The shoveler wore his hood pulled down over his eyebrows and a brown scarf wrapped snug over his mouth. Only his eyes were exposed to the frigid air. He continued to stare at Johnny and me.

Behind my windshield, I felt like a goldfish inside an aquarium. To ease the awkwardness of the moment, I waved at the man. The resident of 2425 Bob Dylan Drive only exhaled steam into the frigid Minnesota air. He did not wave back.

“Friendly guy,” Johnny said.

“Cut him some slack. I’ll bet every day some dude from New York, Pennsylvania, Illinois, England or Italy knocks on this guy’s door and asks him if they can take a tour of the house. It must get old.”

“Let’s get out of here,” Johnny said.

I put the car in gear and drove thirty seconds down the road to the intersection of Bob Dylan Drive and 21st Street. To our right, an imposing three-story red brick fortress sprawled over four square blocks. It was easily the largest building in town.

Johnny craned his neck up at the structure, and said, “What’s this?”

“This is your new school.”

“It looks like a castle. How can they have such a monster school in such a little town?”

“A hundred years ago the town of Hibbing was located two miles north of here. When the mining companies discovered the richest supply of iron ore in the United States in the soil below the existing town, they cut a deal. The mining companies agreed to move the entire village and build Hibbing this wonderful high school in the new location as a reward for being relocated. C’mon, let’s go take a look.”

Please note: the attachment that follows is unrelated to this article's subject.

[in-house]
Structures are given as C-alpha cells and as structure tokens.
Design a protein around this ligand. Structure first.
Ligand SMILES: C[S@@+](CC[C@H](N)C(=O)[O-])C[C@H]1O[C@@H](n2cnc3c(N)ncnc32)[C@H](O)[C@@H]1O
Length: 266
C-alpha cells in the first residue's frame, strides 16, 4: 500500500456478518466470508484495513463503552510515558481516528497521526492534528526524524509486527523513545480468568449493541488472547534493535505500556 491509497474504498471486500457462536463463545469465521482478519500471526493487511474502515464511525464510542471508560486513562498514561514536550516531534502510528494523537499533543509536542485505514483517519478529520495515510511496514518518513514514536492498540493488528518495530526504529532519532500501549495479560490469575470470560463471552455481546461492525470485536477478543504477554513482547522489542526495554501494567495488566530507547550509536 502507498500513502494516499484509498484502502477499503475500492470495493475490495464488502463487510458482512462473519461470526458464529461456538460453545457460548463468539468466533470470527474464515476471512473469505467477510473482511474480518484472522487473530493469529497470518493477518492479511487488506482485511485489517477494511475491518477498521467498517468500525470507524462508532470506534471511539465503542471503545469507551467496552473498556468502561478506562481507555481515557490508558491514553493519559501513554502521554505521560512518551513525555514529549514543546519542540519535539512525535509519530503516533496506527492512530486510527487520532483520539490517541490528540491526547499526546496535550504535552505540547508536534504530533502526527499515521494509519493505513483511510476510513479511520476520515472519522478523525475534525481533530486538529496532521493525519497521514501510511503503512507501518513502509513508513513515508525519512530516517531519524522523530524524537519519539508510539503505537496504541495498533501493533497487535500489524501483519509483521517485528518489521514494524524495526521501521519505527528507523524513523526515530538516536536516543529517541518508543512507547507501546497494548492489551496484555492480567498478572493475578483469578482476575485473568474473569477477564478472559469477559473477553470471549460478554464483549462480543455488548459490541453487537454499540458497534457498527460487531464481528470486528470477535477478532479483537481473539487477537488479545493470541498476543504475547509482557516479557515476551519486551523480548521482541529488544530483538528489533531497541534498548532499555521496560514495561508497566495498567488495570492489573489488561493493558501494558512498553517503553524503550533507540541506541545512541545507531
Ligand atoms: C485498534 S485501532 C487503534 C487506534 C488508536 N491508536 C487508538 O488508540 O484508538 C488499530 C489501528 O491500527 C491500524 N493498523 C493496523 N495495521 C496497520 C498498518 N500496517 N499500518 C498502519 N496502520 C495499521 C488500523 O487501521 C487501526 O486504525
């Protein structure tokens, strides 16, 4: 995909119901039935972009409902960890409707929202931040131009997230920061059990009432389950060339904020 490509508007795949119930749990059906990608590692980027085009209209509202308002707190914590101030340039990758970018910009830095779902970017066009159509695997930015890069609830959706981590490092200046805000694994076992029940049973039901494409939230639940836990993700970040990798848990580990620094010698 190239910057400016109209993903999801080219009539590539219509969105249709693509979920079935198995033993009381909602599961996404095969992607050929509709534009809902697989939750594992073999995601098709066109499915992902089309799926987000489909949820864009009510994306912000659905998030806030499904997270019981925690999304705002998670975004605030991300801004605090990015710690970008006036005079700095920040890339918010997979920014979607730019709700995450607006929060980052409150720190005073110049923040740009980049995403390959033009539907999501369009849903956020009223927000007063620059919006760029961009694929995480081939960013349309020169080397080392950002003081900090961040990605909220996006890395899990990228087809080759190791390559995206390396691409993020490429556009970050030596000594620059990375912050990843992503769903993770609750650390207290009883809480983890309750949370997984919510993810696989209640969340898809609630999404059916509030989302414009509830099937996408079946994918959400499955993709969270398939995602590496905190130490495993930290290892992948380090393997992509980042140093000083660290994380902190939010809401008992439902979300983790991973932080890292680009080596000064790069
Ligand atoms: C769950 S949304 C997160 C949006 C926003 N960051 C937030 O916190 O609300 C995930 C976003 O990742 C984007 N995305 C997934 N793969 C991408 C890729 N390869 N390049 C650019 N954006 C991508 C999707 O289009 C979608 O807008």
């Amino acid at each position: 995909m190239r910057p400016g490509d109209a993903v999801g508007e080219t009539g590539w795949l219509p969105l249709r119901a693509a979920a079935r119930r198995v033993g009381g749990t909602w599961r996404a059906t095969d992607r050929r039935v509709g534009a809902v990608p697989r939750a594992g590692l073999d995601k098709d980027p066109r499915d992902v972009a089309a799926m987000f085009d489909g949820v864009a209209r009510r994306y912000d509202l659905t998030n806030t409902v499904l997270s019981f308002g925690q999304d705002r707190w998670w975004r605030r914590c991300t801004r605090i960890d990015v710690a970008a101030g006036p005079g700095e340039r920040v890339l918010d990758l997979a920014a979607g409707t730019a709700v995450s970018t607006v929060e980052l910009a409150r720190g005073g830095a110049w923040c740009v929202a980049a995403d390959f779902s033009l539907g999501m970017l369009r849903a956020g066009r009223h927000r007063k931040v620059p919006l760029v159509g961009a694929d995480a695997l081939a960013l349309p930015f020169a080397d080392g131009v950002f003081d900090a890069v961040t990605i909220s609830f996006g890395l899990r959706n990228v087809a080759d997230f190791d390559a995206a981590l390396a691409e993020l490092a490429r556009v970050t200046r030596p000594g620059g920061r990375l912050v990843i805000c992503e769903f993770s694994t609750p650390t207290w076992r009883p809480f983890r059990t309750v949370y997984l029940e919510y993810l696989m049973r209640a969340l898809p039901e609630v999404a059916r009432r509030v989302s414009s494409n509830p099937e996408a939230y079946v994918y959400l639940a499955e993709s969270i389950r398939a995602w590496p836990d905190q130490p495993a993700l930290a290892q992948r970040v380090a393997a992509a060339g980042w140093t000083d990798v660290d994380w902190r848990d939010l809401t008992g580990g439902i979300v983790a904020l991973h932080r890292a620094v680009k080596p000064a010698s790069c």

We walked up the front steps of the high school. I touched the brass railing with my bare hand, just like I had when I was 17 years old. At that moment, I was proud of my roots and proud of my alma mater. The front door was unlocked, and we stepped inside. The entryway was adorned with a tiled mosaic floor, a majestic marble staircase, and original oil paintings and murals on the walls depicting the history of the Iron Range.

“It looks like a museum,” Johnny said.

“See that plaque? This building is on the National Register of Historic Places. Wait until you see the auditorium.”

We walked to the end of the main hallway and passed through a set of double doors into the auditorium, an Art Deco wonder adorned by cut-glass chandeliers built in Czechoslovakia, and modeled after the ornate Capitol Theater in New York City. With a capacity of 1,800, the auditorium could seat every student in the school at once.

“This is where I received my high school diploma. And this is where Bob Dylan first performed and sang in public. They say he banged on the piano like a Little Richard clone.”

Johnny said nothing. He was biting the nails of his right hand, and he looked nervous.

“You OK?” I said.

“I don’t know. Now that I see this place, I’m getting worried. What if it doesn’t work out for me here? I mean, wherever I go, I’m still Johnny Antone. What if I’m in the middle of the pack here, just like I was in Palo Alto? What if we moved here for nothing?”